Weidensaul treats the Appalachians holistically, which is refreshing. He addresses natural history, animals, plants, geology, climatology, etc., tying them all together into one living entity--this is how an area, large or small, should be treated. He does deal with current issues such as global warming, but this is not the focus of the book. What I love most about it is that he is clearly having fun. Whether he is tagging raptors, carefully lifting logs seeking salamanders, or floating the rivers examining aquatic ecosystems, he is having a smashing good time, and that sort of passion transfers to the book. He makes you love what he loves.

The icing on the cake is the artwork. The cover art is fantastic, incorporating what I consider to be the two primary calling cards of the Appalachians: running water and autumnal colour. The interior art is nicely chosen. Some is technical, but most just beautiful. As with the text, Weidensaul has managed to bring an element of personality to the artwork, which makes it stand out of the crowd.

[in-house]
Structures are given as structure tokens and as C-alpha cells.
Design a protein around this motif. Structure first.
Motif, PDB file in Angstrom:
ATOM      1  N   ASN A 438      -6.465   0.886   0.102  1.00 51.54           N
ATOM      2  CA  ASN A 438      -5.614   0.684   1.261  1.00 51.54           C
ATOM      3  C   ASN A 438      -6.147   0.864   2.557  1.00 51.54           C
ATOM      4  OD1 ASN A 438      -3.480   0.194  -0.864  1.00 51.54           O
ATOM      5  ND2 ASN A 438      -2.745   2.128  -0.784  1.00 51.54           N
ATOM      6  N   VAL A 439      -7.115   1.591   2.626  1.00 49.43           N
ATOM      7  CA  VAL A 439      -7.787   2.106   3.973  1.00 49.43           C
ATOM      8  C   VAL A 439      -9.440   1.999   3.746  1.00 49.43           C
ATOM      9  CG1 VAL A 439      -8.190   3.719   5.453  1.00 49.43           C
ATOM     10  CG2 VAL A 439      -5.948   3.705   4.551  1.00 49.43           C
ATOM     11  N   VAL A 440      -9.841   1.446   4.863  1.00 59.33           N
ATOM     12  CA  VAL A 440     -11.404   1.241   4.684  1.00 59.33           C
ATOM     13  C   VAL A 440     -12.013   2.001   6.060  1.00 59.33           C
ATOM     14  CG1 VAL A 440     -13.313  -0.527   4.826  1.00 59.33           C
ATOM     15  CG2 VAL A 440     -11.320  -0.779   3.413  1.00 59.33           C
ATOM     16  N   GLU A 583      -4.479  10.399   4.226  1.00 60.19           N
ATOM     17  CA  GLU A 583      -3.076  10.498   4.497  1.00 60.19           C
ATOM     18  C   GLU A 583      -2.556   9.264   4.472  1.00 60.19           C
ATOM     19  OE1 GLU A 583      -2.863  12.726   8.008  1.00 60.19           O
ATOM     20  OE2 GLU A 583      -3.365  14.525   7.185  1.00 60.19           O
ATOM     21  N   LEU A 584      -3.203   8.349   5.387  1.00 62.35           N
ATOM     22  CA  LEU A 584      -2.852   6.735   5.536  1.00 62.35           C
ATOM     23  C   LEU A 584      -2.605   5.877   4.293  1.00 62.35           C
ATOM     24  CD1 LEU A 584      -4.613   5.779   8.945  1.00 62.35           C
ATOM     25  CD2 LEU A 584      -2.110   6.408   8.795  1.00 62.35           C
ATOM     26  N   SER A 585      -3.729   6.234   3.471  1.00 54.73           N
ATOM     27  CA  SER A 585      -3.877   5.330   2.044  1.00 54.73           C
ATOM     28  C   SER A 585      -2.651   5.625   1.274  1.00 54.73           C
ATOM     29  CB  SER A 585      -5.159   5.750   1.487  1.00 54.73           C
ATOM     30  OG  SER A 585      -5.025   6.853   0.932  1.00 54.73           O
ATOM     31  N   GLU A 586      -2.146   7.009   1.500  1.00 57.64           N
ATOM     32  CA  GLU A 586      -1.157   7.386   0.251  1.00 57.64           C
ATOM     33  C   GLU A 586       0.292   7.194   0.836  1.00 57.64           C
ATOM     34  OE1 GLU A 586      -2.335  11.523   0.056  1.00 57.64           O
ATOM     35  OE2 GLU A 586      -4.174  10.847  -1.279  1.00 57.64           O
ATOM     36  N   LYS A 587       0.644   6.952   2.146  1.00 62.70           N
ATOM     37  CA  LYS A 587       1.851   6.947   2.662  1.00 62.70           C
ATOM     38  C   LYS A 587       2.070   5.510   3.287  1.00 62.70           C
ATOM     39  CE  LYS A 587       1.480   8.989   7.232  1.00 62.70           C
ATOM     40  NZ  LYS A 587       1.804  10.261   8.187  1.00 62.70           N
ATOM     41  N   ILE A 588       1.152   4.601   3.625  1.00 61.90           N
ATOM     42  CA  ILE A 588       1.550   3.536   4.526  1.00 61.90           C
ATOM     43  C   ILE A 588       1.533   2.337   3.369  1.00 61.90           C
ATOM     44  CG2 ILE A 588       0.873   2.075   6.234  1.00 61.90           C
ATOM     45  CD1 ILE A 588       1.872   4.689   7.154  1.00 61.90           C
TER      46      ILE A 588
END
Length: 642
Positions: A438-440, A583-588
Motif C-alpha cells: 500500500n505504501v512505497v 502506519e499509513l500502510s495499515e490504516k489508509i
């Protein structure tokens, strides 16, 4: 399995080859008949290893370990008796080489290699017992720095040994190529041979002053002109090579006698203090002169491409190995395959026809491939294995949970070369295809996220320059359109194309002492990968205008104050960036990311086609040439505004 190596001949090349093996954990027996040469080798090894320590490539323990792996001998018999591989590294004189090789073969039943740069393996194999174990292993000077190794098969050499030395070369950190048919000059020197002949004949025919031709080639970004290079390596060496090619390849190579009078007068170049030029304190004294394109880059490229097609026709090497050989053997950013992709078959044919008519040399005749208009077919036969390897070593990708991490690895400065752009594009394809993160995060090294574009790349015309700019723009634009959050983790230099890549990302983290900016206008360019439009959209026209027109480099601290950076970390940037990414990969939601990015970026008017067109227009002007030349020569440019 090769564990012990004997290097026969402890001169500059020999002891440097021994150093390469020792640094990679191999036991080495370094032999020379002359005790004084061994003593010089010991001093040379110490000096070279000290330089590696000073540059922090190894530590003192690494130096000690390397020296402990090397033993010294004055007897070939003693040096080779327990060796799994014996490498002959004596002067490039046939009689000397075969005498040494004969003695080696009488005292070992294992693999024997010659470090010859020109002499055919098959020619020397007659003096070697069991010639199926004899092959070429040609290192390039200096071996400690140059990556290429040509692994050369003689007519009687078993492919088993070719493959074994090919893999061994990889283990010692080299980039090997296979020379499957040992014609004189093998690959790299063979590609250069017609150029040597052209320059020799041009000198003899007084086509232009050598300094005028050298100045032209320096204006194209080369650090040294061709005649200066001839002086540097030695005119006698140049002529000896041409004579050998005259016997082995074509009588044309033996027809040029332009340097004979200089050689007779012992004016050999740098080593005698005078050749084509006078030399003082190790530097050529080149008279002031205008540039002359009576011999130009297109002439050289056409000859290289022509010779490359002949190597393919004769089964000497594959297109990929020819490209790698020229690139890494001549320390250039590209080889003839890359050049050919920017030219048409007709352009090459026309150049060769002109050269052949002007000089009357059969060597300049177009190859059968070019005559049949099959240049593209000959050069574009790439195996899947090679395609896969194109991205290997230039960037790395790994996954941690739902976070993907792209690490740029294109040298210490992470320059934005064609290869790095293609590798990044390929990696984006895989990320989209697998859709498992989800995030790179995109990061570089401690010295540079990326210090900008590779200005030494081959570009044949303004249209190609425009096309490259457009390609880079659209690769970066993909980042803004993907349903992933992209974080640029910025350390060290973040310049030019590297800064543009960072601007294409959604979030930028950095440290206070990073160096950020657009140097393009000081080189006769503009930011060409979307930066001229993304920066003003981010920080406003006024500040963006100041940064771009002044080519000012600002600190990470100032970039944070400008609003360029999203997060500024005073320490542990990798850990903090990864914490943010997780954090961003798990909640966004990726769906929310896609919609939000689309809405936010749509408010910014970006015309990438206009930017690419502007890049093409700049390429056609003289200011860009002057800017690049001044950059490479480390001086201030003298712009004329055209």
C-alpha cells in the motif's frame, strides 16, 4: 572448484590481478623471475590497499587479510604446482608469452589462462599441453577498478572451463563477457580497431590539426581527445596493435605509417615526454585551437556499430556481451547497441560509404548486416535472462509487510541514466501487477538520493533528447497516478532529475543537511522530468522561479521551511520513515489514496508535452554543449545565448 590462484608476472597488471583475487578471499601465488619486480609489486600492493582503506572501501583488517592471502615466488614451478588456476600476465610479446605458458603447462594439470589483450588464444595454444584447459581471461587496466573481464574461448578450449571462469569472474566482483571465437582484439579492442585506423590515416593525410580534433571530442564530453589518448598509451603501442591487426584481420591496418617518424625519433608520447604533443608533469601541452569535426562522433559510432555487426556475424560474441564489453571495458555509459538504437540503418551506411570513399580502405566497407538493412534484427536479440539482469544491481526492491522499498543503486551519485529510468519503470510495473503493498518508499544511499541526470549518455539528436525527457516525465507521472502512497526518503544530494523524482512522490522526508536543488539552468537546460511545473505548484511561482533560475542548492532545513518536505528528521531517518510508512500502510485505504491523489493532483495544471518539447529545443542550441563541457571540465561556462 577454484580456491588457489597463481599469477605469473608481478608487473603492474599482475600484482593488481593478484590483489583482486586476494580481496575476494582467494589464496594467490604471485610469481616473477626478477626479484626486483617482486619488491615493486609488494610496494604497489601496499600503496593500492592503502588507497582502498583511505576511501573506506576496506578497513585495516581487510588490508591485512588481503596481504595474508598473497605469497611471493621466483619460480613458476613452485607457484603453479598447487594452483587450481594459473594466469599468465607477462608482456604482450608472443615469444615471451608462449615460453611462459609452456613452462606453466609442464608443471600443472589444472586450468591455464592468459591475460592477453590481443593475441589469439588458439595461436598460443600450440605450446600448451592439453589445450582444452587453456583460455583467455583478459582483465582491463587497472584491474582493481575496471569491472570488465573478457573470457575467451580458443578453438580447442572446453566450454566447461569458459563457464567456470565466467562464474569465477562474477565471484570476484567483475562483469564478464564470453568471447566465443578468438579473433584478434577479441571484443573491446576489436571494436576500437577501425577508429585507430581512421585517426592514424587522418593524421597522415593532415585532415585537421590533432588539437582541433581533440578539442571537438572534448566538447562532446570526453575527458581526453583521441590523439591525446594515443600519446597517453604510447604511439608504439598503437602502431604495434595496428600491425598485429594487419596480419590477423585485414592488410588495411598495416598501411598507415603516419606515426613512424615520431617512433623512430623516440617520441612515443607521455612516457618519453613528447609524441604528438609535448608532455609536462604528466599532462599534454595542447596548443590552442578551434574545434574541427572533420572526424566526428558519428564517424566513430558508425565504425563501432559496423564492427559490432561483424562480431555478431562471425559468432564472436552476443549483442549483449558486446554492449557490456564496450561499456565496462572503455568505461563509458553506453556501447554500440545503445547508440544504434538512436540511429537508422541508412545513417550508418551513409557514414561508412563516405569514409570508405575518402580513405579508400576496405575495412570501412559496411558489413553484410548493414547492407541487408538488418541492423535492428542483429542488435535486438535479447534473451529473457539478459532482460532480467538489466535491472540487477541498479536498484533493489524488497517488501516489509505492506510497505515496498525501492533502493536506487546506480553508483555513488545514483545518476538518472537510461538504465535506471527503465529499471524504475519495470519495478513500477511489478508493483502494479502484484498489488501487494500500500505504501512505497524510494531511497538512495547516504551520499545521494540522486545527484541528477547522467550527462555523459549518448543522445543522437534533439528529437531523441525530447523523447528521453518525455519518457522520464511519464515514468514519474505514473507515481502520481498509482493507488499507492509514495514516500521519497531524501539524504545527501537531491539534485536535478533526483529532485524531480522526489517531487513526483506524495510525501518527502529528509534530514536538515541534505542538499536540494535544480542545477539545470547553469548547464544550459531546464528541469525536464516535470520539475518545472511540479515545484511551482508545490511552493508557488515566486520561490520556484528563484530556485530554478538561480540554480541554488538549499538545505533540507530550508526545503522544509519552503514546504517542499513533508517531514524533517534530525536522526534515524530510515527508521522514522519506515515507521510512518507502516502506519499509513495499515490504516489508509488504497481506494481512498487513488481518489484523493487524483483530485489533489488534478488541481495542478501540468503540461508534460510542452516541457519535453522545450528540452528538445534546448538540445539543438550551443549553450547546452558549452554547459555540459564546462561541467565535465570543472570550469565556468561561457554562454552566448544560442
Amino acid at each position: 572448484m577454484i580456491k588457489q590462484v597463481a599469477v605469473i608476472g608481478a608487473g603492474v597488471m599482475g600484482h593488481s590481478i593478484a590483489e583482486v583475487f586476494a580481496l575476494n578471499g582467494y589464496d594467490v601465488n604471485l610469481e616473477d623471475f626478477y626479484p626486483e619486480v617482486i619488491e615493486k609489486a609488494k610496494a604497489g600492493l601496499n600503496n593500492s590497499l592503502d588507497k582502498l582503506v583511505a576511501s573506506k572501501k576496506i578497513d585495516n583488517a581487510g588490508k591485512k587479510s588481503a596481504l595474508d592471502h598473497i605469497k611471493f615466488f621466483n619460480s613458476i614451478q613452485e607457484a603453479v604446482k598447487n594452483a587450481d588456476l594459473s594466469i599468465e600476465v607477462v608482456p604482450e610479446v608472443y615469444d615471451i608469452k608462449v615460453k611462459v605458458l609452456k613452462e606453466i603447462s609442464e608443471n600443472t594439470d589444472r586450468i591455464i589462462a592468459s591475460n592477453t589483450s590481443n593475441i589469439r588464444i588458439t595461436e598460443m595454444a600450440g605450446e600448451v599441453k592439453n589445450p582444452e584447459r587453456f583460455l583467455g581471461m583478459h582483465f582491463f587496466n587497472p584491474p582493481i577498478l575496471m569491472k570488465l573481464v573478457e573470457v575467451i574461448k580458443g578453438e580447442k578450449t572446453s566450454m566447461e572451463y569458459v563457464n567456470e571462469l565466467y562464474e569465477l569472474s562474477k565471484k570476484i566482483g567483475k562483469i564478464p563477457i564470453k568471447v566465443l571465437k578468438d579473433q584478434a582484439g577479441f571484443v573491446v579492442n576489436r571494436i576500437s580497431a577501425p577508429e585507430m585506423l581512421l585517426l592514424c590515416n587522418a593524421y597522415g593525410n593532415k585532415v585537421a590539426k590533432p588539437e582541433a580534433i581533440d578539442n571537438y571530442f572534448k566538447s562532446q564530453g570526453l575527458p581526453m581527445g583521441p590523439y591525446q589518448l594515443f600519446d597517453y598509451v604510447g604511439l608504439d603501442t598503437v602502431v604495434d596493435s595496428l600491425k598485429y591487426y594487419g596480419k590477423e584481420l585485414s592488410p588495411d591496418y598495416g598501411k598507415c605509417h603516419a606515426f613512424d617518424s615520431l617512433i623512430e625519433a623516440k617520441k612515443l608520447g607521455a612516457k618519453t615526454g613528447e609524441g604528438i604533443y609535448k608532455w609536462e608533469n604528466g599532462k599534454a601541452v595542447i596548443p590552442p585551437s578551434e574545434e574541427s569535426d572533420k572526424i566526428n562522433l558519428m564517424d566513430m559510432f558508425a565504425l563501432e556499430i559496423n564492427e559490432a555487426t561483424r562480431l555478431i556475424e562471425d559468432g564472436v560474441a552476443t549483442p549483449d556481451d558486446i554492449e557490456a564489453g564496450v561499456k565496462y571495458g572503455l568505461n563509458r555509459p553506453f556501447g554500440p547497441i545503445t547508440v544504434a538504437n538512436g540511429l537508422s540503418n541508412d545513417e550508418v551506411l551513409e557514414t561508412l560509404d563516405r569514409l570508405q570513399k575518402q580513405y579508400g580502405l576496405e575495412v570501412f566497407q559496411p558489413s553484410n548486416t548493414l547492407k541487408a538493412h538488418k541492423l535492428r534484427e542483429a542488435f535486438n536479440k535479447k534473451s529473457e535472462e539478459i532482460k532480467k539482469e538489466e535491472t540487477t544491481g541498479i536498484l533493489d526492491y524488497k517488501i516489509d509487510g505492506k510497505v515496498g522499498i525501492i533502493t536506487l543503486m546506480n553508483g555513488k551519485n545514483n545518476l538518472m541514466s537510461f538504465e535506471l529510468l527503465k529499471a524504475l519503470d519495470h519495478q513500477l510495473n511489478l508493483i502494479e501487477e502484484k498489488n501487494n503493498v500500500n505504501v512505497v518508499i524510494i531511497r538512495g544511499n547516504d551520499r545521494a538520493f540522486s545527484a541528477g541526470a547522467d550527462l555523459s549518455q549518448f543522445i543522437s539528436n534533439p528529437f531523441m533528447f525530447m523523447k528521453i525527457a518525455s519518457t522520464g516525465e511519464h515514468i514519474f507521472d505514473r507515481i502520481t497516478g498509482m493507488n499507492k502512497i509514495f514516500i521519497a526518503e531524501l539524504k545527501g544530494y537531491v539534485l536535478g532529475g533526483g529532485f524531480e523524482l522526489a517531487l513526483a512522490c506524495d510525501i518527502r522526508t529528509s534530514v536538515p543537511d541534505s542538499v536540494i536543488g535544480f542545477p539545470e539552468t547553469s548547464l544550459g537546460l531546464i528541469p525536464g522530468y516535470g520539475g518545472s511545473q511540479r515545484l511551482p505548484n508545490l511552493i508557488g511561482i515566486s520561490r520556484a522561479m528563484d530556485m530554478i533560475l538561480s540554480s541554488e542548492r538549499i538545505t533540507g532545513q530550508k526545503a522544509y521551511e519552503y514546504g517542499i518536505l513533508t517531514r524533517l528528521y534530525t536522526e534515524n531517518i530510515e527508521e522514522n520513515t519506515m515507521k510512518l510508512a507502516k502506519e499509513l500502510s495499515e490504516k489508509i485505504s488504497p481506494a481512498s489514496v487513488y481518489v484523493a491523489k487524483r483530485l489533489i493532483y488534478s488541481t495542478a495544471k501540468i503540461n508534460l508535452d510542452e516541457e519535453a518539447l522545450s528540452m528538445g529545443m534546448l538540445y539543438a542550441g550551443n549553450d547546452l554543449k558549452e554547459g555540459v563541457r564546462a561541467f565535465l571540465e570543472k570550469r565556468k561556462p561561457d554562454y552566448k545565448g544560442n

There you have it. If you are interested in a book with accurate and impressive scientific chops, or you're seeking a nature-based philosophical jaunt a la Thoreau (but more active), or travelogue highlighted with tons of anecdotal and factual tidbits, or some mixture of them all, this is a book for you. I urge anyone who is interested in any aspect of the Appalachian Mountains--and everyone should be--to read this book.